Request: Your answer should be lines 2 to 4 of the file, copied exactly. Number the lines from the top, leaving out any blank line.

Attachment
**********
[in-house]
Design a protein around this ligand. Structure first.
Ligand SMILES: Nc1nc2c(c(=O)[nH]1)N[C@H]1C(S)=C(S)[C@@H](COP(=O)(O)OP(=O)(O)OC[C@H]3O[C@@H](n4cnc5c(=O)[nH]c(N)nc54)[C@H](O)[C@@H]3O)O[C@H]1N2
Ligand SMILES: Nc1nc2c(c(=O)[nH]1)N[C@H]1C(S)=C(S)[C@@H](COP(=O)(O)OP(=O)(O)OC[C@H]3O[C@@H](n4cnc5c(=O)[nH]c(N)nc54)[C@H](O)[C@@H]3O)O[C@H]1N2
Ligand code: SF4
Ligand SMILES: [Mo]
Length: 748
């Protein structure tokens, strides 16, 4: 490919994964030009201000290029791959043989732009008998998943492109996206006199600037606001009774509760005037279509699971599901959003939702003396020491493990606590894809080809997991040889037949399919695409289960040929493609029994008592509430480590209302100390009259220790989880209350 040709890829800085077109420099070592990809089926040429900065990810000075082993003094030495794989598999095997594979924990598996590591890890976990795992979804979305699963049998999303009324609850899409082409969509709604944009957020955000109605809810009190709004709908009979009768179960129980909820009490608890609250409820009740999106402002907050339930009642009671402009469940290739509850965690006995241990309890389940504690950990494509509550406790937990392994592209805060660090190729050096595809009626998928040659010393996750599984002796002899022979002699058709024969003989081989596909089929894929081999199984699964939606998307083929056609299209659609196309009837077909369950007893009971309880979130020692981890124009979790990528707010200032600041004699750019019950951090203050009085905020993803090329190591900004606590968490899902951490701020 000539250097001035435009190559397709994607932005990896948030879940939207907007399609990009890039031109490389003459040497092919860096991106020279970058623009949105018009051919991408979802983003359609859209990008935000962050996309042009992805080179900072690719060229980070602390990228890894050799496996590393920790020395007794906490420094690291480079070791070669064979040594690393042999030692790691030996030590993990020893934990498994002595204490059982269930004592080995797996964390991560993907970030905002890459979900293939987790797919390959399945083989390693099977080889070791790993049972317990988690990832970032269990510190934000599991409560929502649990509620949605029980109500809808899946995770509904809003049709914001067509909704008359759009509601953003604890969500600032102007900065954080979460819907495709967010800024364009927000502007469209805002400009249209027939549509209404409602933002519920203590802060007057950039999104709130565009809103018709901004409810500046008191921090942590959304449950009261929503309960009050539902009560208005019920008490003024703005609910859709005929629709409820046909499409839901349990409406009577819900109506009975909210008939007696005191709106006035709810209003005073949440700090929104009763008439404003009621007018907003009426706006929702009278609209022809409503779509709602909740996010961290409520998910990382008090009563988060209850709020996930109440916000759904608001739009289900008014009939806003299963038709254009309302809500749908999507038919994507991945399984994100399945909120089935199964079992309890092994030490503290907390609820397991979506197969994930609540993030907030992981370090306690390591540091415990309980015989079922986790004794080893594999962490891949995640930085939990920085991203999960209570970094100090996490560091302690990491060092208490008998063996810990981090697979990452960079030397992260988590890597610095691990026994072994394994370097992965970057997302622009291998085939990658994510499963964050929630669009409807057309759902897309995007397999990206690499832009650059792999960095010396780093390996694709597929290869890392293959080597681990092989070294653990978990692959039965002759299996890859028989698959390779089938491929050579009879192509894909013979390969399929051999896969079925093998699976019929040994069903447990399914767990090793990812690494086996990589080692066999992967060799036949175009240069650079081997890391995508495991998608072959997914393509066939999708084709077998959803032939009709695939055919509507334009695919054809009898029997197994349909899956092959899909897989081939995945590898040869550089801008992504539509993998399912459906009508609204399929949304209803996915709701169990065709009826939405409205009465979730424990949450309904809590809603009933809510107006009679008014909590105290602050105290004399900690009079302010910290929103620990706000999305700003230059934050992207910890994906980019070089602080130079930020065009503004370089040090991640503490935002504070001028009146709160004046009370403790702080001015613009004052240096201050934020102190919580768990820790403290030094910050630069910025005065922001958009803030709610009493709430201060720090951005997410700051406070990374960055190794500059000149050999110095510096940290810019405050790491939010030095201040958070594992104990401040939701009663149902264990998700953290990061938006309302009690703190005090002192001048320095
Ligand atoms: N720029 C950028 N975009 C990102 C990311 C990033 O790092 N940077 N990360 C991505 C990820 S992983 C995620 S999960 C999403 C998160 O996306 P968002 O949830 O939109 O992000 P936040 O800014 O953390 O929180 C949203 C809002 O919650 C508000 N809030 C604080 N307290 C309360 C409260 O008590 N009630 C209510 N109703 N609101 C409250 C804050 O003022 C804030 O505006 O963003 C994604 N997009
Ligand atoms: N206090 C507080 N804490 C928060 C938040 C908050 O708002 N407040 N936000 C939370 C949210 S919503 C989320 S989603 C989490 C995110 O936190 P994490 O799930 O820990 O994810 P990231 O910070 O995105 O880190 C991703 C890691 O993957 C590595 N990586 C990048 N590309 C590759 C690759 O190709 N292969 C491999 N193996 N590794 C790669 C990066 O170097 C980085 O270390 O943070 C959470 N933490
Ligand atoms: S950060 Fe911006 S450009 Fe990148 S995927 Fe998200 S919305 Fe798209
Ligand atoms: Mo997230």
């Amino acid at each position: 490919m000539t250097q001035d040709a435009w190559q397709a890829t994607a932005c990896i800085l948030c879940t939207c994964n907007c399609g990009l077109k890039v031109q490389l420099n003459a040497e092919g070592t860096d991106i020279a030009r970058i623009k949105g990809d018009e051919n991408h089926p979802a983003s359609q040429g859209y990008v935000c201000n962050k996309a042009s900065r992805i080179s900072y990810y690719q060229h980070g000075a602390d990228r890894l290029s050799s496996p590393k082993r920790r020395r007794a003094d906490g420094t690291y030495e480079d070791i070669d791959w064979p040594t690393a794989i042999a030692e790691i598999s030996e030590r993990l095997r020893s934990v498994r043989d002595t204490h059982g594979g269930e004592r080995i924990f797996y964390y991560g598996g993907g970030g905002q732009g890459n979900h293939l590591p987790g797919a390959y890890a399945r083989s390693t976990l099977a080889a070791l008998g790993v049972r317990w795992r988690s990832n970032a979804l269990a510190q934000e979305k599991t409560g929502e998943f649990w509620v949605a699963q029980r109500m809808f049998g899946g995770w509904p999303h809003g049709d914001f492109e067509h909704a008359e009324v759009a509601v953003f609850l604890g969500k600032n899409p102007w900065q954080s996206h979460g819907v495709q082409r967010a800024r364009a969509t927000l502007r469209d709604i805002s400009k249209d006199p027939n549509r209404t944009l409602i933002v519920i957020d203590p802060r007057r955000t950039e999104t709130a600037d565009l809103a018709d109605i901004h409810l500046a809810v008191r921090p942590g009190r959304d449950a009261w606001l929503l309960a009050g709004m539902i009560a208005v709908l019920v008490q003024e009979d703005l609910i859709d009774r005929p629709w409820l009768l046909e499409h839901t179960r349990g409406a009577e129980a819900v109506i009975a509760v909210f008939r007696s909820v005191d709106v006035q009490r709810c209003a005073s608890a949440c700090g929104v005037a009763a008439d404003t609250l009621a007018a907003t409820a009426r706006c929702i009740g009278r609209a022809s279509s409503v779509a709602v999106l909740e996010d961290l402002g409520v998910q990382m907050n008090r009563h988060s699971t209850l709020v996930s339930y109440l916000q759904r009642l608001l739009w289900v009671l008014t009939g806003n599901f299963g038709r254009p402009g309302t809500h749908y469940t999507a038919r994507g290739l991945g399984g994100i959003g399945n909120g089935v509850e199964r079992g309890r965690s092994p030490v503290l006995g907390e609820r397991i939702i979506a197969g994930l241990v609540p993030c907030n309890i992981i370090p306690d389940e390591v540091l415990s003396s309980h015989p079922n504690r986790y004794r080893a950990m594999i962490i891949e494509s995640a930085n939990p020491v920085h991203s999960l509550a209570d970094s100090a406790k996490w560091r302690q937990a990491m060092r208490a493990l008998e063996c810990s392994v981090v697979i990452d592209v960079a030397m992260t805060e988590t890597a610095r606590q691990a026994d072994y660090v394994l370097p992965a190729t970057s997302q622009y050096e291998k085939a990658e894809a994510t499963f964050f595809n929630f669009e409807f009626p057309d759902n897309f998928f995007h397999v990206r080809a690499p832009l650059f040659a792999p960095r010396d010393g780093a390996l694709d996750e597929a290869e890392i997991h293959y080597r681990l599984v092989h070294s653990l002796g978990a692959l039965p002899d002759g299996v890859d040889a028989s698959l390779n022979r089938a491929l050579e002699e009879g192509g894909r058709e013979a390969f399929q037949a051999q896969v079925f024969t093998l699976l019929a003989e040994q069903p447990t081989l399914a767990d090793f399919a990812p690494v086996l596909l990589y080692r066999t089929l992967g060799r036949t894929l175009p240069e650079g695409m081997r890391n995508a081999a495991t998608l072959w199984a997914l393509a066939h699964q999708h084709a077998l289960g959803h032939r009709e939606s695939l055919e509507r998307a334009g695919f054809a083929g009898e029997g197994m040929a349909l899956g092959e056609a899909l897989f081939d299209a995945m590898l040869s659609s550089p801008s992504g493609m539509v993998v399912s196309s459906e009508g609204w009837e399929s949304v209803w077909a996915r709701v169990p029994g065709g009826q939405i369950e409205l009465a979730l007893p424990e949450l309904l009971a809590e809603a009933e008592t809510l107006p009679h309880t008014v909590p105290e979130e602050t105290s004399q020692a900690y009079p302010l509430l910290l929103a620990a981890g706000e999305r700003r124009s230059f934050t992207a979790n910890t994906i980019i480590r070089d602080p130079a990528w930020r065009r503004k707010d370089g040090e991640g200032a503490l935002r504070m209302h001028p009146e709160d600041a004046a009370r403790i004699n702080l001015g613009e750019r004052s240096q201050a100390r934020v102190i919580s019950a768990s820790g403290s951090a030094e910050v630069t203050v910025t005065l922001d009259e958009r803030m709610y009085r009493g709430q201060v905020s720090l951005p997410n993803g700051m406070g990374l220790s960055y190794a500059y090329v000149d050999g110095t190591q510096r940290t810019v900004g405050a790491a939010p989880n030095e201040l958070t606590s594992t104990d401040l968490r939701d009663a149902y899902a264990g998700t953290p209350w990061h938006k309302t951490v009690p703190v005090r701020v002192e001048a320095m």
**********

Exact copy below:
Design a protein around this ligand. Structure first.
Ligand SMILES: Nc1nc2c(c(=O)[nH]1)N[C@H]1C(S)=C(S)[C@@H](COP(=O)(O)OP(=O)(O)OC[C@H]3O[C@@H](n4cnc5c(=O)[nH]c(N)nc54)[C@H](O)[C@@H]3O)O[C@H]1N2
Ligand SMILES: Nc1nc2c(c(=O)[nH]1)N[C@H]1C(S)=C(S)[C@@H](COP(=O)(O)OP(=O)(O)OC[C@H]3O[C@@H](n4cnc5c(=O)[nH]c(N)nc54)[C@H](O)[C@@H]3O)O[C@H]1N2